Iza Calzado plays Jane Ciego, a famous actress who succumbs to an accident while filming her self-produced movie, a prestige picture being eyed for international recognition. As the character Jane recovers from the accident, we bear witness as she is sucked dry by her husband (TJ Trinidad), co-star (Ian Veneracion), director (Audie Gemora) and even her own mother (Shamaine Buencamino). But what could have been just a straightforward depiction of the ruthlessness of show business transforms into a psychological labyrinth, as Jane struggles to escape her demons. Tarog employs surrealism to portray Jane's consciousness, or subconscious, if you will, creating layer after layer of bizarre instances. 

GHOST IN THE SHELL (Rupert Sanders, 2017)

Whitewashing controversy aside, Hollywood's live-action adaptation of Masamune Shirow's manga "Ghost in the Shell" is a visual feast, among other things. Rupert Sanders, who will now be forgiven for the disaster that was "Snow White and the Huntsman," herein directs with a steady eye for detail. Sanders borrows some shot-for-shot iconic scenes from Mamoru Oshii's 1995 anime version, while setting up plenty of stunning images himself, through the help of lensman Jess Hall ("Transcendence"). In this new "Ghost" adaptation, 3D holograms adorn the facade of huge skyscrapers, which could be a reverse "Blade Runner" because much of the story, or at least the exterior scenes occur in daylight. Most of the visual composition focuses on circles, like the shape of Major's "apartment building" and the cemetery, which could either be a metaphor for the brain (the "ghost") or the narrative path which leads us to…

I'M DRUNK, I LOVE YOU (JP Habac, 2017)

Familiar romcom elements abound in JP Habac's feature-length debut "I'm Drunk, I Love You." There's the road trip, the beach, drinking (lots of it), a best friend/confidante/wingman and yes, unrequited love. However, the film treads rather dangerously on familiarity that it misses being a full-blown mainstream fare by only several inches.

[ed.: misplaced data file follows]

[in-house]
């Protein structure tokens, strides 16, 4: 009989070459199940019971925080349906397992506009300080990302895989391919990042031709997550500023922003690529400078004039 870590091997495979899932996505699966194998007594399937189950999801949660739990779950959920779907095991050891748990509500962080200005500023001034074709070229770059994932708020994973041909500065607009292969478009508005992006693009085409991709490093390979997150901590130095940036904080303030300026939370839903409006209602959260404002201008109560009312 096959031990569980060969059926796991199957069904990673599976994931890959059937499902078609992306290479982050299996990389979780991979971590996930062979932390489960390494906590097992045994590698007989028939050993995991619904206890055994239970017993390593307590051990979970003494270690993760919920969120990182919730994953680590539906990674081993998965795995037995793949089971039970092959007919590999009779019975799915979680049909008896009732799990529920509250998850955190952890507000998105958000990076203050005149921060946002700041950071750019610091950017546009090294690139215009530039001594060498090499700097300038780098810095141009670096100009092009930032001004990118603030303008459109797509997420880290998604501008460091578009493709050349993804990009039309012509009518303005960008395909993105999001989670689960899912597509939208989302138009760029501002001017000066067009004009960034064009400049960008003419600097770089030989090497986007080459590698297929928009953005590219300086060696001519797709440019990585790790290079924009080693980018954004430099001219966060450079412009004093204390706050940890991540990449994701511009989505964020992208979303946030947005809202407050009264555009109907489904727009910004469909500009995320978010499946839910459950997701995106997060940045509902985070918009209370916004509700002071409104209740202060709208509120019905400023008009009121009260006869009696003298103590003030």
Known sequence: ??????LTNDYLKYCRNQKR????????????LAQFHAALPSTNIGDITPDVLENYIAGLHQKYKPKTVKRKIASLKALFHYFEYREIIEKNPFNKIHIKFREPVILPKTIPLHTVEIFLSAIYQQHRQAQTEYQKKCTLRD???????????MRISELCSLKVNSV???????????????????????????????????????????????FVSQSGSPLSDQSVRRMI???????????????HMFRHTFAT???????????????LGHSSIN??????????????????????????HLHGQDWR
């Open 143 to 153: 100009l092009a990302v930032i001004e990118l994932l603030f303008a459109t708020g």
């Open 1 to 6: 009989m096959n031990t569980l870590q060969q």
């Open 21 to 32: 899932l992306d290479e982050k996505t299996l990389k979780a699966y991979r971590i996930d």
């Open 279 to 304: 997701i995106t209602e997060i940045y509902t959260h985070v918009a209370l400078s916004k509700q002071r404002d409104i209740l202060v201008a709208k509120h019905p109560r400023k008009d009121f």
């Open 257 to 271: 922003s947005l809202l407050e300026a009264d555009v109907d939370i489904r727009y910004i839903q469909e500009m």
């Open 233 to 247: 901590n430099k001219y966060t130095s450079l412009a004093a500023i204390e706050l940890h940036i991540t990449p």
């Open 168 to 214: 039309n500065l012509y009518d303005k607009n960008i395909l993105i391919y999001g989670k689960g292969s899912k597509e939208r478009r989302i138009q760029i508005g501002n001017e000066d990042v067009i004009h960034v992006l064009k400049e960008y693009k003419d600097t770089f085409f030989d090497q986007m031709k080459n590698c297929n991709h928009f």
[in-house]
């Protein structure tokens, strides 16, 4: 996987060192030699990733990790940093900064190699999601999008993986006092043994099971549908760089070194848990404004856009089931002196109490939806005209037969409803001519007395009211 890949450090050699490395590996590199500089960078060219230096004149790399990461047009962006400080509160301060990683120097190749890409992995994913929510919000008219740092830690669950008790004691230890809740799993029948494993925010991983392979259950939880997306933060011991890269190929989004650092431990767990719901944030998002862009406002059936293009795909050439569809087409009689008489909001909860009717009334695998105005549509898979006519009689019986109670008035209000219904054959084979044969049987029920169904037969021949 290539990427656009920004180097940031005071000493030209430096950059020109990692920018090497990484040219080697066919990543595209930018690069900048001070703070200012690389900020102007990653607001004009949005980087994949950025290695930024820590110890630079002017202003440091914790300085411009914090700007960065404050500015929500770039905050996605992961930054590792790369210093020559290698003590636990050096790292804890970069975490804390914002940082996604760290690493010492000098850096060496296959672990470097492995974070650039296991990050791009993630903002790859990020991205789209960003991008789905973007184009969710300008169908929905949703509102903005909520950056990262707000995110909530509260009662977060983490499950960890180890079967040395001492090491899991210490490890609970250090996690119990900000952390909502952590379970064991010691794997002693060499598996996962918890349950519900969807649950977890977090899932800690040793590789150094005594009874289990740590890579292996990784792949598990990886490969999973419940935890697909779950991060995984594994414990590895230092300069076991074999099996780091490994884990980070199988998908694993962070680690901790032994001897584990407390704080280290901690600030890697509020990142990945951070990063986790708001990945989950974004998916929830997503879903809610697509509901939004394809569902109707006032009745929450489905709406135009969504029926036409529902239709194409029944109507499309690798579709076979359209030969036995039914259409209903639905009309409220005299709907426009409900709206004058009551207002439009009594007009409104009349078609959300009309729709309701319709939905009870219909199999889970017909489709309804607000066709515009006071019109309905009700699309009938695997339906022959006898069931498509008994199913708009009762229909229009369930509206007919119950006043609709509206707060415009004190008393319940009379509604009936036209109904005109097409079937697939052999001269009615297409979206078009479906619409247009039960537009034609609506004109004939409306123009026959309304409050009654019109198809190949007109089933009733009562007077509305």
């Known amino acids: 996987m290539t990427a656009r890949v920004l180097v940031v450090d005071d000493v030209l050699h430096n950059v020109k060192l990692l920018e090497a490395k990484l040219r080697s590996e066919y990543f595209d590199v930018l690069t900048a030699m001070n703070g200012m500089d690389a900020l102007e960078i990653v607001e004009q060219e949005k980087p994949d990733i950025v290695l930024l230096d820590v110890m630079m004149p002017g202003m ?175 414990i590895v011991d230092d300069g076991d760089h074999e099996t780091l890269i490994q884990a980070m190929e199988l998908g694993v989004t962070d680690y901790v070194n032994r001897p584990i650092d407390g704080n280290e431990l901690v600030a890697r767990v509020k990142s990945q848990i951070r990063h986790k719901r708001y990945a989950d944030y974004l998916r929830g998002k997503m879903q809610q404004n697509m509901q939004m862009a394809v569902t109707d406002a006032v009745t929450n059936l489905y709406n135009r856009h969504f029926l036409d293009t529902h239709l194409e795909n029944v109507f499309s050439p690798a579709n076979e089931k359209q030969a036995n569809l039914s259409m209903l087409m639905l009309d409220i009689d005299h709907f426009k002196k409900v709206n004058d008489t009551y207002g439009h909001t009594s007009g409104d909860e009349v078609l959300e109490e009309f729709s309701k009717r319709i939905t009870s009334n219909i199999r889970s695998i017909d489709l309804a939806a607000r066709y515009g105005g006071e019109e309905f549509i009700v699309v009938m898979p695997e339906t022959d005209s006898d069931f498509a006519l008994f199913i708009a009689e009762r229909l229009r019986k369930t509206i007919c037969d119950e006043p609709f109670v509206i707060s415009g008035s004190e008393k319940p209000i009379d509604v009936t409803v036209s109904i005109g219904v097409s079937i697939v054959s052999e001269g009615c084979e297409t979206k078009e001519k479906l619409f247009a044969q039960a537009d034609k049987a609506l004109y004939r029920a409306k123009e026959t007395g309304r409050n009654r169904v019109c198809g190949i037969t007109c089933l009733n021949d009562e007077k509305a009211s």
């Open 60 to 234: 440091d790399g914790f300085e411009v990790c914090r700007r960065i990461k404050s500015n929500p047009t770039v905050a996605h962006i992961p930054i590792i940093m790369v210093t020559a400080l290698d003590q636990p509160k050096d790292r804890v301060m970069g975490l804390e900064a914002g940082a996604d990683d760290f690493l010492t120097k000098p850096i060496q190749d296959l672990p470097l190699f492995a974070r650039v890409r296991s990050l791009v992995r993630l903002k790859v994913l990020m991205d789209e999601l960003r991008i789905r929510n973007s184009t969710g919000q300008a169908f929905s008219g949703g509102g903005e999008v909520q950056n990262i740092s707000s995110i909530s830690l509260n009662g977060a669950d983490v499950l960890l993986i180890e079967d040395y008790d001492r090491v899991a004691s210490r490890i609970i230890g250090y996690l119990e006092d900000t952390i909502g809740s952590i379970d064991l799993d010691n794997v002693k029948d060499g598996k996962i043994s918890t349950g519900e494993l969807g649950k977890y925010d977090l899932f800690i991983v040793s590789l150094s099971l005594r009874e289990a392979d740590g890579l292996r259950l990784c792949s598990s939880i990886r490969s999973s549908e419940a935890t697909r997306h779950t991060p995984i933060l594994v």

Co-written with Giancarlo Abrahan (Dagitab), "I'm Drunk, I Love You" centers on Carson (Maja Salvador) and her seven-year hell being best friend to Dio (Paulo Avelino). Carson likes Dio a lot, and for seven years she harbored her secret feelings for him. Jason Ty (Dominic Roco), Carson's other best friend is the only other human in the know of such intentions. 
The film opens days before both Carson and Dio graduate from college. Dio takes Carson and Jason Ty on an impromptu trip to La Union province for a music festival, with the two unaware of what lies ahead.
Enter Pathy (Jasmine Curtis-Smith), Dio's s…


2016 has been a great year for Philippine cinema, with a large variety of stories and genres, and a number of film festivals. It is also notable for the revamp of the Metro Manila Film Festival, which reverted to its roots of handpicking entries based on finished film rather than scripts. As such, the usual escapist fares were out, in favor of thought-provoking yet accessible films.

Despite this phenomena, this reviewer still had a hard time watching all films. For transparency's sake, the following films were not seen for consideration due to time and scheduling constraints:

* Hele sa Hiwagang Hapis by Lav Diaz
* Ang Taba Ko Kasi by Jason Paul Laxamana
* Expressway by Ato Bautista
* Lila by Gino Santos
* A Lotto Like Love by Carla Baful
* Straight to the Heart by Dave Fabros
* 1st Sem by Dexter Hemedez and Allan Ibanez
* Pitong Kabang Palay by Maricel Cariaga
* Kakampi by Vic Acedillo Jr.
* Pilapil by Johnny Nadela
* EDSA by Alvin Yapan
* Iadya Mo Kami by Mel Chionglo
* Kute by R…